On November 28, 2018, the Committee on the Preservation of Intangible Cultural Heritage of the United Nations Educational, Scientific and Cultural Organization at its 13th session listed the dance “Yalli” as an intangible cultural heritage in need of urgent safeguarding. It was listed under the following names: “Yali (Kochari, Tenzere), traditional group dances of Nakhchivan”.
This event caused quite a stir in Armenia. Director of the Center for Western Armenian Studies, Armenologist Haykazun Alvrtsyan, in particular, criticized current and former Ministers of Culture for allowing such a thing.
Meanwhile, Arman Abovyan, a member of the Yerevan City Council representing the Prosperous Armenia Party and an advisor to the RA Ambassador to Ukraine, in turn, brought the issue to an emotional level. “Hereupon, when you watch the Armenian dance “Kochari with a look of pride, remember that the international community may consider it an Azerbaijani dance.”
Let us, however, try to speak with facts. First, we must understand what UNESCO’s intangible cultural heritage list is. It is a list of various phenomena and objects of cultural value in different countries.
As a rule, UNESCO refrains from any definition of nationality for any cultural heritage. UNESCO lists only the heritage presented by member states. For example, the following are listed in the list of intangible cultural heritage from Armenia,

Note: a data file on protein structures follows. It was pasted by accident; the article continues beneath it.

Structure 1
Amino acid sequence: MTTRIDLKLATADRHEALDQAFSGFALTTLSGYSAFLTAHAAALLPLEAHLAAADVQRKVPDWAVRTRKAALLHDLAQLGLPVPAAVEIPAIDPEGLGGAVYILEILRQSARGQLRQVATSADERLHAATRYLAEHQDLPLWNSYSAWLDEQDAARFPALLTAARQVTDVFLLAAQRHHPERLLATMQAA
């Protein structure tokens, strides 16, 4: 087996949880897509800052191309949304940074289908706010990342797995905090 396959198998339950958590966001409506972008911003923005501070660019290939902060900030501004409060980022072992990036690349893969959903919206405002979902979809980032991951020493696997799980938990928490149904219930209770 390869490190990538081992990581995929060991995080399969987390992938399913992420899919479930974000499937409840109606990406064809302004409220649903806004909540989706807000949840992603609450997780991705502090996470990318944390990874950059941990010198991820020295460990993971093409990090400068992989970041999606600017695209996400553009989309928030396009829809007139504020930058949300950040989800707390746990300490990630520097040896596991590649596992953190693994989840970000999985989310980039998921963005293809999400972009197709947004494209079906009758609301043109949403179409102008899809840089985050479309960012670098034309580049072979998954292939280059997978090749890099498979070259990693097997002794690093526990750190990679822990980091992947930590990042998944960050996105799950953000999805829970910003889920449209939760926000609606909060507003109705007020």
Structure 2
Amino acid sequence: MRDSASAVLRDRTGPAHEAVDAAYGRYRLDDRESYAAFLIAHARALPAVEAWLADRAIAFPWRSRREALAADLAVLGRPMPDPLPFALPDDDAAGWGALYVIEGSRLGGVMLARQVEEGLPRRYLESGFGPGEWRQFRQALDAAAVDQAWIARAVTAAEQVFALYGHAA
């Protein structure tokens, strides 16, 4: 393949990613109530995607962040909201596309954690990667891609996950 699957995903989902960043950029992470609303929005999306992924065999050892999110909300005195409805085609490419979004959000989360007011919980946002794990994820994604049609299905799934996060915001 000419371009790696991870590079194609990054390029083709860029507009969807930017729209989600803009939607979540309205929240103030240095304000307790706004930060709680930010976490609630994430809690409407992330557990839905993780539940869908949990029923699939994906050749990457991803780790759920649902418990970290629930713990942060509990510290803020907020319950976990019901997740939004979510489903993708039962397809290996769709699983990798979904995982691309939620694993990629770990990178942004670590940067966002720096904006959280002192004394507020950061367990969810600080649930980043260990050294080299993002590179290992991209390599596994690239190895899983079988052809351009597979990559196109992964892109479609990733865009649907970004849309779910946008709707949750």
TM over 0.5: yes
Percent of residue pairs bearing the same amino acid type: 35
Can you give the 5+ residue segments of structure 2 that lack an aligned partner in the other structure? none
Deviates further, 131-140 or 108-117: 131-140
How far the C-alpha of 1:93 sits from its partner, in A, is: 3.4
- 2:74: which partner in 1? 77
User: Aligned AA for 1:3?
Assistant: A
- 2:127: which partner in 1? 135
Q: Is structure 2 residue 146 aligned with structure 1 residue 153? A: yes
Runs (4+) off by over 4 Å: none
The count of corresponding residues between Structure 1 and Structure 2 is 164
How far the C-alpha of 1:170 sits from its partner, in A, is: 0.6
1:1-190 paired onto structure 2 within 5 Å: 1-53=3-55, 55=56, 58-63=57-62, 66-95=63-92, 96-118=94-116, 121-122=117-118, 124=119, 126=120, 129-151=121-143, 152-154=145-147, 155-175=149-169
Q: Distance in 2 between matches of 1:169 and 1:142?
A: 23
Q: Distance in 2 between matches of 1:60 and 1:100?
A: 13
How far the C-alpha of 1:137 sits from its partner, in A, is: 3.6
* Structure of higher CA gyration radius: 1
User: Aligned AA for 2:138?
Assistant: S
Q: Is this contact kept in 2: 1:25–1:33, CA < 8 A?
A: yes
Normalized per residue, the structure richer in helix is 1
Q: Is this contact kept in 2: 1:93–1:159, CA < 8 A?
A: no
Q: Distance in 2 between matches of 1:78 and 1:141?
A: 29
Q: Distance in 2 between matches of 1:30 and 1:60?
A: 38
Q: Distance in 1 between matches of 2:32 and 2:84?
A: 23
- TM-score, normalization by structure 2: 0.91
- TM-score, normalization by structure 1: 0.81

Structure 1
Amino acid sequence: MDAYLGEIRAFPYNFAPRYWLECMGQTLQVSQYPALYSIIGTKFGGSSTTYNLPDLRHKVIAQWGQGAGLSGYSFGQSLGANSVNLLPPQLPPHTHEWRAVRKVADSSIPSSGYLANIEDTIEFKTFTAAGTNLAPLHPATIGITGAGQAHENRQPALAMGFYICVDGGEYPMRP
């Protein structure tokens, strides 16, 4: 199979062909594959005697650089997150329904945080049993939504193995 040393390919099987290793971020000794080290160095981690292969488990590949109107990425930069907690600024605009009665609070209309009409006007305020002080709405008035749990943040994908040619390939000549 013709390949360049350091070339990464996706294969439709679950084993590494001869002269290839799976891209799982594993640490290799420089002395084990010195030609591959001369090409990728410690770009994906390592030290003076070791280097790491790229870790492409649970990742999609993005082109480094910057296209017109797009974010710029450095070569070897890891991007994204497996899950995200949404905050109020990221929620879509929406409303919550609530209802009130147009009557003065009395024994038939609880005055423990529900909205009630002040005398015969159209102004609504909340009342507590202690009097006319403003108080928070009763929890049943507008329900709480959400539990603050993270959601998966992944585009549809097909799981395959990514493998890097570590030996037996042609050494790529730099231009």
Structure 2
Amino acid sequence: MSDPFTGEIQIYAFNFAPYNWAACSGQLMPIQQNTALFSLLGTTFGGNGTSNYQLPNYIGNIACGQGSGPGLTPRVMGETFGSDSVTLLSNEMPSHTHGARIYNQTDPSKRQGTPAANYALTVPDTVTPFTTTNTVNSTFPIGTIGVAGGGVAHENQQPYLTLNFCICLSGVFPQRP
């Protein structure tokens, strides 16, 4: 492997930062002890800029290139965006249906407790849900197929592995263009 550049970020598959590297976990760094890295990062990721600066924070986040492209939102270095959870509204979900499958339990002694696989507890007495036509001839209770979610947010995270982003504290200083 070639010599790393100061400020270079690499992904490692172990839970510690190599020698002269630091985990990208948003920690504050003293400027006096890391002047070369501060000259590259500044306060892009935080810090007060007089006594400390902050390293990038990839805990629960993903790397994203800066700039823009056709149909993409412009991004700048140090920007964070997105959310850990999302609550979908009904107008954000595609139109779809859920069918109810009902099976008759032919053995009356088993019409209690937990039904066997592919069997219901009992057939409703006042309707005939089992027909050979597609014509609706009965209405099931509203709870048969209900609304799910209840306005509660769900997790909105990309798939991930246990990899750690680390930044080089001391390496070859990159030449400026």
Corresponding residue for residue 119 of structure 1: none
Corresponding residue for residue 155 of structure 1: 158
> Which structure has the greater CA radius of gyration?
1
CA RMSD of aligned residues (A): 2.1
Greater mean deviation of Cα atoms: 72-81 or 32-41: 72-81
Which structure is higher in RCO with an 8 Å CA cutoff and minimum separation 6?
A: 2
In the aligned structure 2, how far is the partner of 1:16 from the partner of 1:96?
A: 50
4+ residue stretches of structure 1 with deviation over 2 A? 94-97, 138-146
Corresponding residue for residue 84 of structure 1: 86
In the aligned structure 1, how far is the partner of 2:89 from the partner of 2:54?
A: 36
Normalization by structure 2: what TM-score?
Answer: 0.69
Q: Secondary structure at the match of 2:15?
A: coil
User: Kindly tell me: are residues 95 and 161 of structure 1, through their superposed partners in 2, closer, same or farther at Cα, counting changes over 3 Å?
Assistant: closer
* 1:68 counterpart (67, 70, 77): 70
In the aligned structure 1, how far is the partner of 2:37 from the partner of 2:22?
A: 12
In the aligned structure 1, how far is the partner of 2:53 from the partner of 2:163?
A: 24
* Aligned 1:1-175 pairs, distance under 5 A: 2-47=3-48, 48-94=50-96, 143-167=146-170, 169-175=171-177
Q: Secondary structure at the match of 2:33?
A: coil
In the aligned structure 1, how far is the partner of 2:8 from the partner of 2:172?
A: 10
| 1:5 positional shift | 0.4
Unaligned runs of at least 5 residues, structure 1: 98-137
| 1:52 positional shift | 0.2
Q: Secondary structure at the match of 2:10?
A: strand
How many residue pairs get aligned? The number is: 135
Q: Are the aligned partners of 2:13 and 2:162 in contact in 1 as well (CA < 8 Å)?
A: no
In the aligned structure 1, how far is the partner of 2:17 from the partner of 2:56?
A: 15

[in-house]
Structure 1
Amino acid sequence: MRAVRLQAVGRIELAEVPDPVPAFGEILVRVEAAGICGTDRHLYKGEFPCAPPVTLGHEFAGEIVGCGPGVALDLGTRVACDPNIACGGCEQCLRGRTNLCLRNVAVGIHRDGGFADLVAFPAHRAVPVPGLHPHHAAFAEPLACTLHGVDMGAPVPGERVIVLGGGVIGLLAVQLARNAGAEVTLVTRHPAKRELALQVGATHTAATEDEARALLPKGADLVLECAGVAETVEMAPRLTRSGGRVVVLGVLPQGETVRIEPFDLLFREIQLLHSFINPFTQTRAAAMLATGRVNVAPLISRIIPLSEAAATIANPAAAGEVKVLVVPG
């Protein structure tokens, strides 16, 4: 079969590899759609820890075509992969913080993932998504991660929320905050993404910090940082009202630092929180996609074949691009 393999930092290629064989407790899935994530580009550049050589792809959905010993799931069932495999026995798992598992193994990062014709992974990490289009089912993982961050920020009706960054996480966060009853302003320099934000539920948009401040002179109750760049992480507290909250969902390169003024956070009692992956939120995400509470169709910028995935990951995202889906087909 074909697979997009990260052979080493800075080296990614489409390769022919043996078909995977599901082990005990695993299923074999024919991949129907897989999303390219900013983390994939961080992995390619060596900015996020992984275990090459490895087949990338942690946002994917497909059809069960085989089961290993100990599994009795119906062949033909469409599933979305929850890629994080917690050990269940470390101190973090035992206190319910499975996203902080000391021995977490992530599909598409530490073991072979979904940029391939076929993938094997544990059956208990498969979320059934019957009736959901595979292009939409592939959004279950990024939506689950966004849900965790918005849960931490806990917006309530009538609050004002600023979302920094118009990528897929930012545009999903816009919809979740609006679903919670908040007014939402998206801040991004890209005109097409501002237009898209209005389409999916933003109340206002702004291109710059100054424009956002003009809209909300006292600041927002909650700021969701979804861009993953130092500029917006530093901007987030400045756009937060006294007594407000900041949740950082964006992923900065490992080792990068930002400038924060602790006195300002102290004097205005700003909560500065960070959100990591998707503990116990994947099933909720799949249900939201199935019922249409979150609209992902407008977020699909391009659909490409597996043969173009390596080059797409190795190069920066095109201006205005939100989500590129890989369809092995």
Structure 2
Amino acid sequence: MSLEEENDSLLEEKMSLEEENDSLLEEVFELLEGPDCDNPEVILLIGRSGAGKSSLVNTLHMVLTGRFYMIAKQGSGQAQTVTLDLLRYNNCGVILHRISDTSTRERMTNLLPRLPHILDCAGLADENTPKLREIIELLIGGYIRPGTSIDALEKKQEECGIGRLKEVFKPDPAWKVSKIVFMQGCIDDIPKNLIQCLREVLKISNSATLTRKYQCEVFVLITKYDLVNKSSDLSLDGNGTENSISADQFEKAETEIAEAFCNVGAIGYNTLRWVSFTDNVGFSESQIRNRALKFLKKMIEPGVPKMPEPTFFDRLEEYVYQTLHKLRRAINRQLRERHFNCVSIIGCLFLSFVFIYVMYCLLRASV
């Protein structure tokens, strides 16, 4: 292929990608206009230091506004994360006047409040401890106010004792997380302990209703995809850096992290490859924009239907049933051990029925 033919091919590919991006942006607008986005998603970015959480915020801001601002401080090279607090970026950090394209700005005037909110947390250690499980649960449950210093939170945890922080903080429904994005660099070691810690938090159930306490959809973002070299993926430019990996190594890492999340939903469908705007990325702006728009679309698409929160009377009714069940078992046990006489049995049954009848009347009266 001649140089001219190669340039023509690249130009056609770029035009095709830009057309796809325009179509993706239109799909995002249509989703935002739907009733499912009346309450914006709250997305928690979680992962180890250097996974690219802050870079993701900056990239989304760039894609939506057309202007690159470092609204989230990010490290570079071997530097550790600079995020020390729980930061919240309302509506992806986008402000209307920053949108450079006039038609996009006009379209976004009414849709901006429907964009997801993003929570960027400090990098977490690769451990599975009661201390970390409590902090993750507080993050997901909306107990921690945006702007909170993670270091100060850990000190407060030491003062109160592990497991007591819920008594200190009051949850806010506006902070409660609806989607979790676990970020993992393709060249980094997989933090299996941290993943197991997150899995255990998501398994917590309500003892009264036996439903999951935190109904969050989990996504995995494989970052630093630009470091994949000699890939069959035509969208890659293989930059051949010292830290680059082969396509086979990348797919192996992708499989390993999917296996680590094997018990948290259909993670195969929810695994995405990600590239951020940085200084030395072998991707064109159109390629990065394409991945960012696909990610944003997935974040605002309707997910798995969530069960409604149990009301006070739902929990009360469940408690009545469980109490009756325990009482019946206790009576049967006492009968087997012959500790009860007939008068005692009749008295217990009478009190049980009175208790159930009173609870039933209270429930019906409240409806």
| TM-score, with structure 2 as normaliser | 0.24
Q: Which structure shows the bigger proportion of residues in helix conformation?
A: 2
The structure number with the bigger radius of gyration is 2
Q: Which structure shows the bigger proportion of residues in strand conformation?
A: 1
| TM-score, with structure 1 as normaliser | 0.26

- Duduk and its music (2008)
- The Art of Armenian Khachkars (2010)
- Performance of the Armenian epic of ‘Daredevils of Sassoun’ or ‘David of Sassoun’ (2012)
- Lavash, the preparation, meaning and appearance of traditional bread as an expression of culture in Armenia (2014)
- Kochari, traditional group dance (2017)
As we can see, last year UNESCO registered Kochari as an “Armenian” intangible cultural heritage. Abovyan’s emotional words, especially in this context, are apparently manipulative. The fact that the kochari, or rather, the yalli (the circle dance, the types of which are also kochari and tanzara), has been registered as a traditional group dance in Nakhichevan does not mean that it has become “Azeri” or non-Armenian in the eyes of foreigners.
It is also noteworthy that in the text adopted by UNESCO there is no word about the dance being “Azerbaijani”.
Lastly, UNESCO has registered the same or almost the same intangible cultural heritage in several cases from a number of countries.
The art of Kamancha was also registered as an intangible cultural heritage of Azerbaijan and Iran. Meanwhile, Lavash is registered by Armenia’s proposal, but also by recommendations of Azerbaijan, Iran, Kazakhstan, Kyrgyzstan and Turkey.